5. Phil,
    The premise of the entire article is that we cannot possibly decipher what the writer’s intentions were because of the changing times. But, you in your infinite wisdom, think that any judge should be allowed to interpret it as they see fit. What if all of the judges, like the majority of the Supreme Court justices, were “originalists”? What tune would you be singing then? You are only against interpretations that you do not agree with. Small and narrow minded thinking.

    1. Sorry, I wasn’t clear in the post. My main point is that “originalism” as construed by conservative judicial theorists is a myth. It’s nearly impossible to get into the mind of an 18th century revolutionary to understand “what they meant.” So saying “read the constitution” as if that’s a solution to the problem of textual interpretation is naive.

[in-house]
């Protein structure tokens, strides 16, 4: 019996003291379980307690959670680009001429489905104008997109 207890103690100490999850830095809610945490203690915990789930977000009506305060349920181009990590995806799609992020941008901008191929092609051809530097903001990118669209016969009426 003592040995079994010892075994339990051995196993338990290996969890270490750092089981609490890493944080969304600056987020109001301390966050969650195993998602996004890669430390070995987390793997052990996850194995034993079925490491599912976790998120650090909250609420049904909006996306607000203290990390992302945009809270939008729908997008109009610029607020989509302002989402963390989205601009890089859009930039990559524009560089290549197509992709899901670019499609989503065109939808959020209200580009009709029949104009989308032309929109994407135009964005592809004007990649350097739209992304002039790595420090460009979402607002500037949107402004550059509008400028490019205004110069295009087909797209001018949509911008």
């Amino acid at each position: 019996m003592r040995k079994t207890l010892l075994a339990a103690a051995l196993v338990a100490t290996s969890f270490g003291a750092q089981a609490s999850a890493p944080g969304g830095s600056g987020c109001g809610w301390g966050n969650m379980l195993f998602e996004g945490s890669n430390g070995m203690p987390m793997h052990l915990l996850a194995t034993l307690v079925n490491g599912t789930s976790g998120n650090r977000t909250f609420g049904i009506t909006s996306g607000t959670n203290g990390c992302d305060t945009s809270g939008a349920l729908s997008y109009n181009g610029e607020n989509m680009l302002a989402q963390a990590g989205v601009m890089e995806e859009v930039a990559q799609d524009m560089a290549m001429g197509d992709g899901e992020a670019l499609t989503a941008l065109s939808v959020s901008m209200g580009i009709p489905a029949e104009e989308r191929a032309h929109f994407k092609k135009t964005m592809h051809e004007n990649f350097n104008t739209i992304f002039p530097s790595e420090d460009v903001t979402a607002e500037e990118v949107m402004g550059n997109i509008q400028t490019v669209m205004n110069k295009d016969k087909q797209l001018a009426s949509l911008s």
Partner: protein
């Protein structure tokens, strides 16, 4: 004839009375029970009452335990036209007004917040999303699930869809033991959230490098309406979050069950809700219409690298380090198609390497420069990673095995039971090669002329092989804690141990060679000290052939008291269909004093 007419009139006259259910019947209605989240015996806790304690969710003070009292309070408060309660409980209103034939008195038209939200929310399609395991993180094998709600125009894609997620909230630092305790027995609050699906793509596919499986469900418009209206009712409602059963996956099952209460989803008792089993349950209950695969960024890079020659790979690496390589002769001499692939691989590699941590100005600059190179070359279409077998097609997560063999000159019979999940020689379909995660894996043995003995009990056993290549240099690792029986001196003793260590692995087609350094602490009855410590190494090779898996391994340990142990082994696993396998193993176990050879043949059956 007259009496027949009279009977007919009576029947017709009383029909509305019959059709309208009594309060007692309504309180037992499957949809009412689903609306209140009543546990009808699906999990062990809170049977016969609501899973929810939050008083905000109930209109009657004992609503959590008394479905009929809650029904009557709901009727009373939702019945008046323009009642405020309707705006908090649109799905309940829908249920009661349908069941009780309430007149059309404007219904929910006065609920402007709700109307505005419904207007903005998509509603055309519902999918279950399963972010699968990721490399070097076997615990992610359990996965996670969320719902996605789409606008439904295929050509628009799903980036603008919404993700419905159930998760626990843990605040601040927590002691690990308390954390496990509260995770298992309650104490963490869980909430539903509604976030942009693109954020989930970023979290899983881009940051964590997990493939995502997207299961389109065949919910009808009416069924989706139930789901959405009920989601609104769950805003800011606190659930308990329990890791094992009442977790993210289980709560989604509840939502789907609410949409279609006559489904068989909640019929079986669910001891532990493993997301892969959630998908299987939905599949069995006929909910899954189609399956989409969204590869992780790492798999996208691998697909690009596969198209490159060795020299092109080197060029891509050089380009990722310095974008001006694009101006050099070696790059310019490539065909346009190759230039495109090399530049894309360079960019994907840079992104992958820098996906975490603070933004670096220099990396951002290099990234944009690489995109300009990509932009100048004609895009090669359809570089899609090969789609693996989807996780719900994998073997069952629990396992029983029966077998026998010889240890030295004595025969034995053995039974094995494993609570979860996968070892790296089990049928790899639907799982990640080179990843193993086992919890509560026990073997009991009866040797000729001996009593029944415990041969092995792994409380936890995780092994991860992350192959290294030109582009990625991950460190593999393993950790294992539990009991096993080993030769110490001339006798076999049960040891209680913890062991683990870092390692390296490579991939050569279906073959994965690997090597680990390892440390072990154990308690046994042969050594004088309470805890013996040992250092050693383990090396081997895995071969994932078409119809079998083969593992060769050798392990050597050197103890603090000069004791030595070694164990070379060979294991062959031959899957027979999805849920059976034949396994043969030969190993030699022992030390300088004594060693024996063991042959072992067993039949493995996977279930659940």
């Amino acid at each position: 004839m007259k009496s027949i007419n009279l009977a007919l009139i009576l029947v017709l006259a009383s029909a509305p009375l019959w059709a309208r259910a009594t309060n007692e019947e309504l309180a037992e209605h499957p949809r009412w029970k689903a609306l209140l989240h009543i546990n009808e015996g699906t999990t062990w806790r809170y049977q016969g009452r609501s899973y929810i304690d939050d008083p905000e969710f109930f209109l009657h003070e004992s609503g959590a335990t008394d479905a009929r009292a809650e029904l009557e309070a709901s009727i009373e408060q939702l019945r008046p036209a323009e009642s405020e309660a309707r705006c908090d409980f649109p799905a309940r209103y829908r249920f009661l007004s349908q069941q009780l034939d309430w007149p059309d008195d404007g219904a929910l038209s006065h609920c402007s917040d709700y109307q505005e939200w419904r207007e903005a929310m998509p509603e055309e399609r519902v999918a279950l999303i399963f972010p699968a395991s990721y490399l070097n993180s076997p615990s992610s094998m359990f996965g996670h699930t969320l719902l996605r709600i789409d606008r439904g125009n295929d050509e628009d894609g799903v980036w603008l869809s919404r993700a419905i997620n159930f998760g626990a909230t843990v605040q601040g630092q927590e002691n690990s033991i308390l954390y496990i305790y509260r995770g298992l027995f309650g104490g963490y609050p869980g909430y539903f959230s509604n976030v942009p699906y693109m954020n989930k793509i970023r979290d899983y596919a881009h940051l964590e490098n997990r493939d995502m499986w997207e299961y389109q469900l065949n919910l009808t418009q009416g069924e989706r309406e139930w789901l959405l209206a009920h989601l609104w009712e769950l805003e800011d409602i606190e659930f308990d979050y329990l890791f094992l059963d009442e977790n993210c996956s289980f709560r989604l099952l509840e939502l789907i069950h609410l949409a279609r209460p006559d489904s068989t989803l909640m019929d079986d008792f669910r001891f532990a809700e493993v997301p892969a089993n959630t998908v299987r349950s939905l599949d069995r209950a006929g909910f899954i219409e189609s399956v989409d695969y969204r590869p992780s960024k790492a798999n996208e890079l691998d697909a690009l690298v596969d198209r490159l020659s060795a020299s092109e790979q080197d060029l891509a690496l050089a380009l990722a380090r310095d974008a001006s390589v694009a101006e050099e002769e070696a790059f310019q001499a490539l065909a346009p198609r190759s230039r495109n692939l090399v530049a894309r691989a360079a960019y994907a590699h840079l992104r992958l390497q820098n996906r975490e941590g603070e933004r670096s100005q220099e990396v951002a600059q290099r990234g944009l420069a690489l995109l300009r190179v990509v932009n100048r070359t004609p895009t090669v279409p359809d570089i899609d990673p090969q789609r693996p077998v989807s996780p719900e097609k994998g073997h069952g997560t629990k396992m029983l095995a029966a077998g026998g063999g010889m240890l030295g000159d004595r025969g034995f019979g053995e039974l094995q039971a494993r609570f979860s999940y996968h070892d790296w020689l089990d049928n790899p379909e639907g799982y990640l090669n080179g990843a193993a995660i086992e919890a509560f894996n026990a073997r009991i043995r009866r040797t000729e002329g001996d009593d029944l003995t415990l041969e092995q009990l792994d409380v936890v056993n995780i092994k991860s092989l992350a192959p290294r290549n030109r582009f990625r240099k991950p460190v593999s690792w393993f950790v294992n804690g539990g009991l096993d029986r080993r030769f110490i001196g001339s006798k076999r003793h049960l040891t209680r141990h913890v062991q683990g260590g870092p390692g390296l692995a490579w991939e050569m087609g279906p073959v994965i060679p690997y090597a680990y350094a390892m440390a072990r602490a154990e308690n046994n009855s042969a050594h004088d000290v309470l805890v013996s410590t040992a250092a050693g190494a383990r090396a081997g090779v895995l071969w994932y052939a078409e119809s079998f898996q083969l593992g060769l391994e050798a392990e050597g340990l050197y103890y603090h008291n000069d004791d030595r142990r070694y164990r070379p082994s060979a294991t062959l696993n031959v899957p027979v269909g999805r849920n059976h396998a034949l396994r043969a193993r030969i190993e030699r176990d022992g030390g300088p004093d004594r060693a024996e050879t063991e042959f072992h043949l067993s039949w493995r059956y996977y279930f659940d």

I’m against interpretations that claim superiority through a false sense of “originality” or “authenticity.” They’re as interpretive and subjective as the Warren court was when they ruled on Brown v. Board of Education.

  6. You are talking in circles, any interpretation is going to be subjective, regardless of whether you say you are biased by the past, present or future. Your objective is to dispute the interpretations you don’t politically agree with and then to silence them.

Comments are closed.